Friday, September 26, 2008

Friday From The Collectors - September 26

STORYTELLING WITH PHOTOS


KIM O'NEILL SCREEN
GOOD STOCK

I love telling stories with photographs. And I love creating custom heirloom books at GOOD STOCK, that are the end product of those photographic stories. As footnoteMaven has so graciously given me the opportunity to talk with you today, I thought I’d share some of the best ways I’ve found to tell family stories with photos.

I love photos – especially the old ones. But for me, old photos don’t necessarily have to be generations old – just old enough to convey a different time, a different place, a sense of nostalgia, or a memory.

There are many ways to tell a story through a photo. Sometimes it takes nothing more than the photo itself. I was recently moved to tears looking at a series of black and white images taken by a photographer of her aging mom and dad going about their daily life at home. I don’t know this photographer personally, and I certainly don’t know her parents, but I do know these photographs contained something special – an absolute magic to them. The photos alone told the story.

But sometimes, it’s a few photos mixed together in the right order, or a certain grouping of photos. Other times, the right words alongside a photograph can make all the difference.

Here are some simple techniques I love for storytelling with photos.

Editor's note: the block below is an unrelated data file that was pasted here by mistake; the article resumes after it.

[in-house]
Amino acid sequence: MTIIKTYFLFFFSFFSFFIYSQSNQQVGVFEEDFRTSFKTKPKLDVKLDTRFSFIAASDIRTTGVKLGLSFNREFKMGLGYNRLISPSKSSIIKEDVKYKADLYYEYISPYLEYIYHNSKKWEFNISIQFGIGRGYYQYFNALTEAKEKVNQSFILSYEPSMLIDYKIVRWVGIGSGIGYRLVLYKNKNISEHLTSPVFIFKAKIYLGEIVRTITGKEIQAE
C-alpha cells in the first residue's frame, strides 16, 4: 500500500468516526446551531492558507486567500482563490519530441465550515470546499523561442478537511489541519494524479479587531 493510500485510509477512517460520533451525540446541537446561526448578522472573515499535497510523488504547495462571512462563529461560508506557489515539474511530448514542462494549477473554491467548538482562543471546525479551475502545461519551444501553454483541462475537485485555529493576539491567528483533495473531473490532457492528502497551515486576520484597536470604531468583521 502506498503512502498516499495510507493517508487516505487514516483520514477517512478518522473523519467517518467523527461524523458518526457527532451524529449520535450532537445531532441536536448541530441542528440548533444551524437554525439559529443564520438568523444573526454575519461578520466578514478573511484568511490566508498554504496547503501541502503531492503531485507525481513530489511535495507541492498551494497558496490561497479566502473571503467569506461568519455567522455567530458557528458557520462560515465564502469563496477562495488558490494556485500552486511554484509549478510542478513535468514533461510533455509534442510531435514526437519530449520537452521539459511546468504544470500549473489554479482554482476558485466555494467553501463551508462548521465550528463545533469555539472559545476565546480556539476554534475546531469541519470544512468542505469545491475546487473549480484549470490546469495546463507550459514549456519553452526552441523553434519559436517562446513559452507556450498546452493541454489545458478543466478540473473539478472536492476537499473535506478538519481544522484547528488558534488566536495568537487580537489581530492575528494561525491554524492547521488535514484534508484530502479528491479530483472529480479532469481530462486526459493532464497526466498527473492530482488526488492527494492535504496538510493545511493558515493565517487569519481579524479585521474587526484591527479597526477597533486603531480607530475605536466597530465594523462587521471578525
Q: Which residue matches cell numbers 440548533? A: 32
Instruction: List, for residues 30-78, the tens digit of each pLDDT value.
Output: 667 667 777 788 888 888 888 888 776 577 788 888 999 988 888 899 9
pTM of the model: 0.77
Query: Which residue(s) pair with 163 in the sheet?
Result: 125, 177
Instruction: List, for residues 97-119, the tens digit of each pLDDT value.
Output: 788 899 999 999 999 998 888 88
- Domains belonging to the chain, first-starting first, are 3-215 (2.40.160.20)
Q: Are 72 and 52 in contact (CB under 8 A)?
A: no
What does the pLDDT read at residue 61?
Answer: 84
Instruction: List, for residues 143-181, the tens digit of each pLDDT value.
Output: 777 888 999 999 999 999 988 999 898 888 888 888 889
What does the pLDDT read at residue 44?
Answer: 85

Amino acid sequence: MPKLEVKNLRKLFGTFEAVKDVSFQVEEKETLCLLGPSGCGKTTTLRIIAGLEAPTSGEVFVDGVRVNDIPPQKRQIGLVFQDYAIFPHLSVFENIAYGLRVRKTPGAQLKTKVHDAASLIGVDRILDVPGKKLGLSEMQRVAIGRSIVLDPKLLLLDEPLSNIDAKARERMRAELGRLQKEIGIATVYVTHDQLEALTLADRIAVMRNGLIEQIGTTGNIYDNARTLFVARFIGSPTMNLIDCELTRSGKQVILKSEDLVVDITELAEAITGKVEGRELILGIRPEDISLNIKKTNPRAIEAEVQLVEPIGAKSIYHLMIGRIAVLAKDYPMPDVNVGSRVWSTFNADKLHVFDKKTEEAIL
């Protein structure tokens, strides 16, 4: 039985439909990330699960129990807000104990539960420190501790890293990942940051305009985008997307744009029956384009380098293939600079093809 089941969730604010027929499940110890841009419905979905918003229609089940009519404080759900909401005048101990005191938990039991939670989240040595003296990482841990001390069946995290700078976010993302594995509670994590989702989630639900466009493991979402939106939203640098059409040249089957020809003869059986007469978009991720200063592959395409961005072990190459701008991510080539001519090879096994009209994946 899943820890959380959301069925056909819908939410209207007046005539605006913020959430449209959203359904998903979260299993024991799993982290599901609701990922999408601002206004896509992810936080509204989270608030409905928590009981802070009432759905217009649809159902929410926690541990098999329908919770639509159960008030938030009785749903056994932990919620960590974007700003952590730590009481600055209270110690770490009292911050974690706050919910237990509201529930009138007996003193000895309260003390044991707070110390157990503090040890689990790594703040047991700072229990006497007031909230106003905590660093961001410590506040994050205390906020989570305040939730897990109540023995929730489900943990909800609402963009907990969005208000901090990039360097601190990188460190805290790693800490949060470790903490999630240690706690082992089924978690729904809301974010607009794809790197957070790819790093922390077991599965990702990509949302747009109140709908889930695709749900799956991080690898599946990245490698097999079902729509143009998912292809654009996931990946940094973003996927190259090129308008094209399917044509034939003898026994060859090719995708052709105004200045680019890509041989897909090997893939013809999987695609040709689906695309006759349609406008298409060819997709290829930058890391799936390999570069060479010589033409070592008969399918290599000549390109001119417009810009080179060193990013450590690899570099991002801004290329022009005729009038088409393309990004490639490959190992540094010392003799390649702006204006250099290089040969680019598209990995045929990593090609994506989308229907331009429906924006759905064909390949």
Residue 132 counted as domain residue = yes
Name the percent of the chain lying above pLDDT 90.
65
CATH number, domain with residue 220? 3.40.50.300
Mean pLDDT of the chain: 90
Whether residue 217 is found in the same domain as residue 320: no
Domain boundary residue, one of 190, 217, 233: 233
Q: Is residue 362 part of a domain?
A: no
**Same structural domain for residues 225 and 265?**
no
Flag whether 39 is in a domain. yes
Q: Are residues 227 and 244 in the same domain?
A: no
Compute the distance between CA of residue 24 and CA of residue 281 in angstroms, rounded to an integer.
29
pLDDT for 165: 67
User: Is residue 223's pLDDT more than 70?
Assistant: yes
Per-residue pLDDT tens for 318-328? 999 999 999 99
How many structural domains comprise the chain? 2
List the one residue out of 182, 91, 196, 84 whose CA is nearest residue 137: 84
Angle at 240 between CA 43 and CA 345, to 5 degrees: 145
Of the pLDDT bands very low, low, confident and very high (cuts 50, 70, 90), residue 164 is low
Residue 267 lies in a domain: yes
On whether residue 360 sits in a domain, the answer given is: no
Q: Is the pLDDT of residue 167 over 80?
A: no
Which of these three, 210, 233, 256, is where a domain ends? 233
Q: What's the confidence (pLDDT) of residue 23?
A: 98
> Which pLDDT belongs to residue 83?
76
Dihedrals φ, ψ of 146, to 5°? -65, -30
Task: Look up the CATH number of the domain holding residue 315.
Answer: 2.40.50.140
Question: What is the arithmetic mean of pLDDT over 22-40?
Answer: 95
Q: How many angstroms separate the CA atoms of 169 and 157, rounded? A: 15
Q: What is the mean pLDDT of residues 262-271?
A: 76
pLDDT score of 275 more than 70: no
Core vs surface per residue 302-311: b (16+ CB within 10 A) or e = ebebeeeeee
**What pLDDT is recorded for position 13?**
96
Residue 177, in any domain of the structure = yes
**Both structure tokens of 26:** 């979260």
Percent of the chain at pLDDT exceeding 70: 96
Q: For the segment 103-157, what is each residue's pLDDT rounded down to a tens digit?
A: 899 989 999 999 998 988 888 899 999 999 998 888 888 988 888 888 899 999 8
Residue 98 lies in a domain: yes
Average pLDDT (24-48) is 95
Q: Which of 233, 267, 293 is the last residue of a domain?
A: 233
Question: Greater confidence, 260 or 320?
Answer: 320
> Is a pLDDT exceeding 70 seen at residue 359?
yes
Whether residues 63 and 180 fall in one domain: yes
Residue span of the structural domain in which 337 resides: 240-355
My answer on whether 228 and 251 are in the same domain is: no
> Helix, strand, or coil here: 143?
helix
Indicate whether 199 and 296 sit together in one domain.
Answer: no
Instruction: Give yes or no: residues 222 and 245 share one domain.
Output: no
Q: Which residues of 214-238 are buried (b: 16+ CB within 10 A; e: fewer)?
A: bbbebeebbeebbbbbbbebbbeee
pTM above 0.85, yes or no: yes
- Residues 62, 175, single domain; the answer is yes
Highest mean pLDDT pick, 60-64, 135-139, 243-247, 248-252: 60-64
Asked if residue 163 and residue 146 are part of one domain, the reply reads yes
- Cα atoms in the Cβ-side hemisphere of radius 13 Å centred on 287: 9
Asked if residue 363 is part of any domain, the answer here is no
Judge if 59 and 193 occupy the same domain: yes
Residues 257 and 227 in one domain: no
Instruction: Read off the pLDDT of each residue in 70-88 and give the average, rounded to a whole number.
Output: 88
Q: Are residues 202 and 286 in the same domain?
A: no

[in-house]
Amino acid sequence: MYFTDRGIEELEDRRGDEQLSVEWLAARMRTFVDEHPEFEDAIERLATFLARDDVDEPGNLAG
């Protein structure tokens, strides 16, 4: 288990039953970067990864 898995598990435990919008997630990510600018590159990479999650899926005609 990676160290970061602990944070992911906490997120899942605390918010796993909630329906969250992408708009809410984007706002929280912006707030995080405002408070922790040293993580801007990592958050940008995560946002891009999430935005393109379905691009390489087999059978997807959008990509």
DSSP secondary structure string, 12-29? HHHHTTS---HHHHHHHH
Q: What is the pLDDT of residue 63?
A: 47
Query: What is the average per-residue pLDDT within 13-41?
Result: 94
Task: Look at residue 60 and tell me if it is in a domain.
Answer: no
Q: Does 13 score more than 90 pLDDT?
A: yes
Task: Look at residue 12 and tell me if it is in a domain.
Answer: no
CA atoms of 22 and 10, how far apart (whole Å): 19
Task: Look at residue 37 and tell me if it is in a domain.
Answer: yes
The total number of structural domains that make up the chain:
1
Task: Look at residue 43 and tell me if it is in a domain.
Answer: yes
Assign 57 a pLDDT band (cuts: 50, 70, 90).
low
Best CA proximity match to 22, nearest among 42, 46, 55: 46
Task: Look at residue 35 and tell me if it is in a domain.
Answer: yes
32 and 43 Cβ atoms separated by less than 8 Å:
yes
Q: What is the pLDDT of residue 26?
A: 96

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Repeating Photos

The concept here is to take photos from the same event or time period at regular intervals, and simply put them next to each other – in a book, on a wall, or as a collage like this one. Here’s a simple personal example – my brother, Santa, and me.


This same idea works well with birthdays, school photos, holidays, and even family portraits. Here is an incredible family portrait project where the family has taken portraits each June 17 since 1976. ABC News aired a segment on this project which can be viewed in this video.


A more realistic approach to this concept (unless you’ve already started this once-a-year family portrait ritual!) is to just group together any portraits you can find of a relative over the years. It is so neat to watch their features, hairstyles, and attire change. Here is a series of portraits of one man, from youth to old age, which I used in a family ancestry book.


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Photo In A Photo

Last year a client showed me the first daguerreotype I’d ever seen. It wasn’t in the greatest condition, but it was striking. What was most striking, though, is that this young woman sitting for her portrait was holding another photo, which my client also had in her possession. All my client knew was that this relative must have been holding an image of a beloved. And to me it seems the white handkerchief implies she is grieving over this person.

Daguerreotype
Photo In Photo


Here’s a more modern interpretation of the photo in a photo concept. I love this photo from photographer Kate Hutchinson’s “Irish Grandmother” series, of her grandmother holding a portrait of herself. I especially love that this photo is taken in the grandmother’s home, so you get a sense of who she is today.

The modern version.

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Photos with Words

And more often than not, photos need words to tell their story properly. There’s the obvious way to do this – photo captions – but often times much more text is needed. This is the majority of the work I do with family ancestry books and memoirs. I am a huge fan of words – especially the right words, in the right amount, in the right place.